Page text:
How Canucks’ Bo Horvat has performed in a high-profile role

Being drafted to the NHL is supposed to be the most exciting day of a young hockey player’s career. Draft day for Bo Horvat, however, wasn’t what he expected when a high profile trade took his spotlight away.

In his sophomore NHL season Bo Horvat has been fed to the wolves.

As a result of a variety of injuries to teammate Brandon Sutter this season, the 20-year-old Vancouver Canucks centre has been pressed into some of the most difficult deployments in the sport. Though he’s acquitted himself well, more often than not, it’s a task that’s proven well beyond his years and pay grade.

Horvat is currently the NHL’s clubhouse leader for the ‘green jacket’, an ignominious and informal honour awarded to the player who finishes last in the league by the flawed plus/minus statistic. He’s been buried all year long under a barrage of shots and goals against.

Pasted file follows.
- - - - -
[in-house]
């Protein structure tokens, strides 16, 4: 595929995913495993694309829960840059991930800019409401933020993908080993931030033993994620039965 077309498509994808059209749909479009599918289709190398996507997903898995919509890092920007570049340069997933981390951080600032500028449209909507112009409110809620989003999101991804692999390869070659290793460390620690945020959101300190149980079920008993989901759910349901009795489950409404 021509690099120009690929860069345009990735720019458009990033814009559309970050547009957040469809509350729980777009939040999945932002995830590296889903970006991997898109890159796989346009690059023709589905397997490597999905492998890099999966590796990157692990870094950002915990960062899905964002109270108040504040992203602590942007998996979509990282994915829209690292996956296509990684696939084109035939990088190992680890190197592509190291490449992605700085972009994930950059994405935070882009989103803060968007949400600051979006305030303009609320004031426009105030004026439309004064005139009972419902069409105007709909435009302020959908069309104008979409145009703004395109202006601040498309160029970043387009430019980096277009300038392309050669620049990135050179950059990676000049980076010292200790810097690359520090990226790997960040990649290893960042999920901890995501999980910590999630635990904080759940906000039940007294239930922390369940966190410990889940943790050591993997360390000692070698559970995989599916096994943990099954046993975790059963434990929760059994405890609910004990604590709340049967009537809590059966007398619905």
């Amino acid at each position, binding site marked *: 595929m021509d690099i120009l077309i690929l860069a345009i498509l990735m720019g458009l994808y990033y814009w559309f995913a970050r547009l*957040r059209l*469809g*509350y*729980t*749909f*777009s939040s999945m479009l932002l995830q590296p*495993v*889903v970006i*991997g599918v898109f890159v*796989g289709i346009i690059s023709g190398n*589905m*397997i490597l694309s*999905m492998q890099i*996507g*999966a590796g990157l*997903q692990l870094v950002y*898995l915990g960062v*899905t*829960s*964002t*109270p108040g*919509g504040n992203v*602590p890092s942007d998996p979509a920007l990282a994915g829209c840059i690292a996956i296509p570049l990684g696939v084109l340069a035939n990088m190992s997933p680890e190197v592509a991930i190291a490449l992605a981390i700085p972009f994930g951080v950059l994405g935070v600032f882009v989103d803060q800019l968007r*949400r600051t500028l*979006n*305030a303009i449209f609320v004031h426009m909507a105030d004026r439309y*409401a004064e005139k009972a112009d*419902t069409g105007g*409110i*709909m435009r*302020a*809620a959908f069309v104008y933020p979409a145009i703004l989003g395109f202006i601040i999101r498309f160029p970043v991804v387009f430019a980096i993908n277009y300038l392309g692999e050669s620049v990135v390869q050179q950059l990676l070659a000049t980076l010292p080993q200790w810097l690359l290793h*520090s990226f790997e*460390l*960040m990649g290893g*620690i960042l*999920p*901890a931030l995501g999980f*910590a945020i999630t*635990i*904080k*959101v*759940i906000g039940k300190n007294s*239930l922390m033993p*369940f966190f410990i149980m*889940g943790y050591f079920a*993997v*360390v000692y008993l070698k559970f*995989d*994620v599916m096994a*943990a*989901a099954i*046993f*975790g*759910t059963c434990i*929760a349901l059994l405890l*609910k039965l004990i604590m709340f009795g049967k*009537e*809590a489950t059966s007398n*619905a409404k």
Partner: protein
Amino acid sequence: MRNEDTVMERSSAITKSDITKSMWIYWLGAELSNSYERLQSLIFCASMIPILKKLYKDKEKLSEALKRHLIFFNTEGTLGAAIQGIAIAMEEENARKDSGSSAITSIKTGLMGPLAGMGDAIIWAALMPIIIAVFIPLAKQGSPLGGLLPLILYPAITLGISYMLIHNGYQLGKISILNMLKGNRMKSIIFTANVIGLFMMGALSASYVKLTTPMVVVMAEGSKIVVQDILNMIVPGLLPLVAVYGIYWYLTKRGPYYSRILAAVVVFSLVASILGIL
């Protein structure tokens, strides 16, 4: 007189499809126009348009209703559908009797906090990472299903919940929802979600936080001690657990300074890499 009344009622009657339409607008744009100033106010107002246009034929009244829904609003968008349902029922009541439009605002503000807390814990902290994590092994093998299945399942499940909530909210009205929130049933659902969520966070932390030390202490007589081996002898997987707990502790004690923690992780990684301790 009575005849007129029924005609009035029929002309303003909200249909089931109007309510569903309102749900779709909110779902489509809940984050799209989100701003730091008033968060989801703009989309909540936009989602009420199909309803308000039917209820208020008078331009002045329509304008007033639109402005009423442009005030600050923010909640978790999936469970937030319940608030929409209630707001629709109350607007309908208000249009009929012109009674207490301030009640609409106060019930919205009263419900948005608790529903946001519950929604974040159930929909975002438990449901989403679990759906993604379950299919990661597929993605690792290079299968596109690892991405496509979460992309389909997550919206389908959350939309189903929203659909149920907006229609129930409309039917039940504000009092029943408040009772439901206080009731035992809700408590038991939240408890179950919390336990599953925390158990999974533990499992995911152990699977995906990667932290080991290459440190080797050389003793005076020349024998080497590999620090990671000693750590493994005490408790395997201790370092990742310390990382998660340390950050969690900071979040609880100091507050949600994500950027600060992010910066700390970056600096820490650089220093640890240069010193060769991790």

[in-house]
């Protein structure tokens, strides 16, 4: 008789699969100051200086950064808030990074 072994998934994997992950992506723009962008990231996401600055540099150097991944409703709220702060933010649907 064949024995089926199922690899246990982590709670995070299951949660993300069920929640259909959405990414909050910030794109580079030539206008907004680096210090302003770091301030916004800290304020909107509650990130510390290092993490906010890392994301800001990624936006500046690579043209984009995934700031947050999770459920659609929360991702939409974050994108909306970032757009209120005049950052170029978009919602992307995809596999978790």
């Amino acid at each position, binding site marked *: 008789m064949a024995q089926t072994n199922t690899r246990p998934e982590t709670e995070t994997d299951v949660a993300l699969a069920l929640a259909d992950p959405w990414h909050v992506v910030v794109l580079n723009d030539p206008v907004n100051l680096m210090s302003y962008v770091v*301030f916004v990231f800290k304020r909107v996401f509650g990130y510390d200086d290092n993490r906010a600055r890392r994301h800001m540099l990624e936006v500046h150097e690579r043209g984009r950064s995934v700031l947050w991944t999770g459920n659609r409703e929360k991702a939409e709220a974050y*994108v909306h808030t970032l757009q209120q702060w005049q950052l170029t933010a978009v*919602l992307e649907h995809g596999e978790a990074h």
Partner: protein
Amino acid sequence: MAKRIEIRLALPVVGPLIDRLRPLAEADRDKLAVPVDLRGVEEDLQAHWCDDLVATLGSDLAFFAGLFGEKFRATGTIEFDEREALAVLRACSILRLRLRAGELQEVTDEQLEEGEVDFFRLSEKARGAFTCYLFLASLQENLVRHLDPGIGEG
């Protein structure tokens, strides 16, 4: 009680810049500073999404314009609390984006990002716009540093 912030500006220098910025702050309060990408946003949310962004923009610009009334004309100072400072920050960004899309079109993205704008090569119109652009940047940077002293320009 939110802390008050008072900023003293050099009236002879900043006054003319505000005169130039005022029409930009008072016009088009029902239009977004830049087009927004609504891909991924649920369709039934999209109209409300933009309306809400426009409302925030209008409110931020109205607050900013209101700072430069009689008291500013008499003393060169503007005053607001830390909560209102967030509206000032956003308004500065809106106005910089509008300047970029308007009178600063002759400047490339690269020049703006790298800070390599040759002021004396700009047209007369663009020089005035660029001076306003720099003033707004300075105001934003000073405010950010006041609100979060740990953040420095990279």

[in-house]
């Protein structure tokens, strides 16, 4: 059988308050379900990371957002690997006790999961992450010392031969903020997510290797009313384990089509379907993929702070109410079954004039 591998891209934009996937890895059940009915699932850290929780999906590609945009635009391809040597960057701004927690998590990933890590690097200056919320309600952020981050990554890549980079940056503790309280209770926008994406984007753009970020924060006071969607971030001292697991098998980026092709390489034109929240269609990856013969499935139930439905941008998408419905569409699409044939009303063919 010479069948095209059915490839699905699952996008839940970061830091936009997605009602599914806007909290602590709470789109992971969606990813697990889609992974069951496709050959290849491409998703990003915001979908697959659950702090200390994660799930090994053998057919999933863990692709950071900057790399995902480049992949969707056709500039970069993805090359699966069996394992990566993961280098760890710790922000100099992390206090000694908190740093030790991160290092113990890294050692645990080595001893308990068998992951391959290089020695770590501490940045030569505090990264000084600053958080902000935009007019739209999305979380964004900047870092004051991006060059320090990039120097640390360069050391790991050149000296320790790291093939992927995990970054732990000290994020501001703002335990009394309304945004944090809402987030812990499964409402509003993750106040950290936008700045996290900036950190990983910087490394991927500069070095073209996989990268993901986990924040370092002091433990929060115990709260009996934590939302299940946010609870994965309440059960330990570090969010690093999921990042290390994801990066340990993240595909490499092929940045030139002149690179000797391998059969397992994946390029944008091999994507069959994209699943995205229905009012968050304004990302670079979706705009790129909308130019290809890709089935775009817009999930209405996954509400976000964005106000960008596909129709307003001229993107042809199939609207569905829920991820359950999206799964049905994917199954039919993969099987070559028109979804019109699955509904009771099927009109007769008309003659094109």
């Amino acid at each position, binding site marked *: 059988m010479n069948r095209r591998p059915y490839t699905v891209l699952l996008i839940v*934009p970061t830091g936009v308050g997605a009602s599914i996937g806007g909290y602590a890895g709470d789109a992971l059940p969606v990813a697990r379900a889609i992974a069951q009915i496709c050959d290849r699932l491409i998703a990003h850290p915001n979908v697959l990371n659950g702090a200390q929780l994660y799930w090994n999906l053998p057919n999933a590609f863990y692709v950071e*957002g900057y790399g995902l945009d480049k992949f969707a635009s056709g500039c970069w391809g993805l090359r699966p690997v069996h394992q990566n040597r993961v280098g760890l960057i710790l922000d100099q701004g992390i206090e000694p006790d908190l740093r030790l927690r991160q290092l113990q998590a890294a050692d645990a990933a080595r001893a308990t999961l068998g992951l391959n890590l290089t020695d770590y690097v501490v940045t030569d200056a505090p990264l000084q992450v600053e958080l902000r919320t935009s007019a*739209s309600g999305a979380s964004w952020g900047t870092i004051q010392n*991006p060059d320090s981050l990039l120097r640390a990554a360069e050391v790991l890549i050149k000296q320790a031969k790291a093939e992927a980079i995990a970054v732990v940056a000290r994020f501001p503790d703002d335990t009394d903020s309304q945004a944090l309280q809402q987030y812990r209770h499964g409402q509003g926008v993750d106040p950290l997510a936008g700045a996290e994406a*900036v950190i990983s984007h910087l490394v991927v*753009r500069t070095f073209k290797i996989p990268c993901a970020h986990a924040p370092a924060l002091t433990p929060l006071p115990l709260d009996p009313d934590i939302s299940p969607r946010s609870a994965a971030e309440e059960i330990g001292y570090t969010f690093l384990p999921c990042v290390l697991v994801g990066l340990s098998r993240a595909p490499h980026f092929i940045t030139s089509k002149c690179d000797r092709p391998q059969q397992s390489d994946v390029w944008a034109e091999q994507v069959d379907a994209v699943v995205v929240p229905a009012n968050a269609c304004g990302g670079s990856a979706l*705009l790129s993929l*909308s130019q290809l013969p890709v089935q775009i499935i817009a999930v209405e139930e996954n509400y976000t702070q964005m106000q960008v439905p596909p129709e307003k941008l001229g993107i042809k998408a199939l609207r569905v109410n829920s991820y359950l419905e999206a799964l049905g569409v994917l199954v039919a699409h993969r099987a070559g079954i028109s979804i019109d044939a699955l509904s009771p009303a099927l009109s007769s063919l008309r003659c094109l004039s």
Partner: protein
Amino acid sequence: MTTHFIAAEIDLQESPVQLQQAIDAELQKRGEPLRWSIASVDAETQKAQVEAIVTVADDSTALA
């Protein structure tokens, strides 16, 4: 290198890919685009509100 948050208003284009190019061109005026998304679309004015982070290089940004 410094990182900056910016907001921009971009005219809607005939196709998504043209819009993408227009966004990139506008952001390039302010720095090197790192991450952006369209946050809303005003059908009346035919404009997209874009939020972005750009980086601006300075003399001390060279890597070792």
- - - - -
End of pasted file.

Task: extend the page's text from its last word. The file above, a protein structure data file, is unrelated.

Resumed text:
That the Canucks’ prized young pivot has struggled isn’t altogether that surprising. He’s been charged, after all, with holding down a role as a 20-year-old that’s generally reserved for the most battle-tested forwards in hockey.

Last season we compared Bo Horvat’s performance with players who were deployed similarly, the NHL’s other everyday fourth-line centremen. When placed into a group with the likes of Paul Gaustad and Vernon Fiddler and Marcus Kruger, Horvat fared pretty well comparatively. His underlying results were middle of the road and he was quite handily the most productive offensive fourth-line centre in the league.

This season the cohort that Horvat should be grouped with is significantly more imposing. We’re talking about NHL centremen who play top-six minutes, see a significant defensive orientation to their deployment and spent a lot of time killing penalties. To identify this group, I sought out players who meet the following criteria: